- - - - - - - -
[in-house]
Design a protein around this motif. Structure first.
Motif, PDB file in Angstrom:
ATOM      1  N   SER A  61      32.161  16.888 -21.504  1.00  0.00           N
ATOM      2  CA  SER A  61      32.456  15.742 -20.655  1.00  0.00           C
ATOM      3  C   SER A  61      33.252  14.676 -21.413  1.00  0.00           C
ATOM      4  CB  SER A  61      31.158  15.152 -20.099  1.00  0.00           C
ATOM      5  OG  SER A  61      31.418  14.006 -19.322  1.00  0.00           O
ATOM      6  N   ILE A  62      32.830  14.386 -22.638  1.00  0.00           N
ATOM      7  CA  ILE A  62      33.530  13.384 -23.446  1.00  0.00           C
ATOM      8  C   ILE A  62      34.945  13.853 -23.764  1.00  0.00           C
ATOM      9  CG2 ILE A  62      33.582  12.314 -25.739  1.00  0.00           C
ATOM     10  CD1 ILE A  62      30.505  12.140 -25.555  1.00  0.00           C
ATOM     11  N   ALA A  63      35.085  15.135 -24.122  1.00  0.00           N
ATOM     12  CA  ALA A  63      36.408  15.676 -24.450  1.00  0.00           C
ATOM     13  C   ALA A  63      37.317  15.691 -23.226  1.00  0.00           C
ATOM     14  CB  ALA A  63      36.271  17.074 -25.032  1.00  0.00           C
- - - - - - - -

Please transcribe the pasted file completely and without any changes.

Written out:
[in-house]
Design a protein around this motif. Structure first.
Motif, PDB file in Angstrom:
ATOM      1  N   SER A  61      32.161  16.888 -21.504  1.00  0.00           N
ATOM      2  CA  SER A  61      32.456  15.742 -20.655  1.00  0.00           C
ATOM      3  C   SER A  61      33.252  14.676 -21.413  1.00  0.00           C
ATOM      4  CB  SER A  61      31.158  15.152 -20.099  1.00  0.00           C
ATOM      5  OG  SER A  61      31.418  14.006 -19.322  1.00  0.00           O
ATOM      6  N   ILE A  62      32.830  14.386 -22.638  1.00  0.00           N
ATOM      7  CA  ILE A  62      33.530  13.384 -23.446  1.00  0.00           C
ATOM      8  C   ILE A  62      34.945  13.853 -23.764  1.00  0.00           C
ATOM      9  CG2 ILE A  62      33.582  12.314 -25.739  1.00  0.00           C
ATOM     10  CD1 ILE A  62      30.505  12.140 -25.555  1.00  0.00           C
ATOM     11  N   ALA A  63      35.085  15.135 -24.122  1.00  0.00           N
ATOM     12  CA  ALA A  63      36.408  15.676 -24.450  1.00  0.00           C
ATOM     13  C   ALA A  63      37.317  15.691 -23.226  1.00  0.00           C
ATOM     14  CB  ALA A  63      36.271  17.074 -25.032  1.00  0.00           C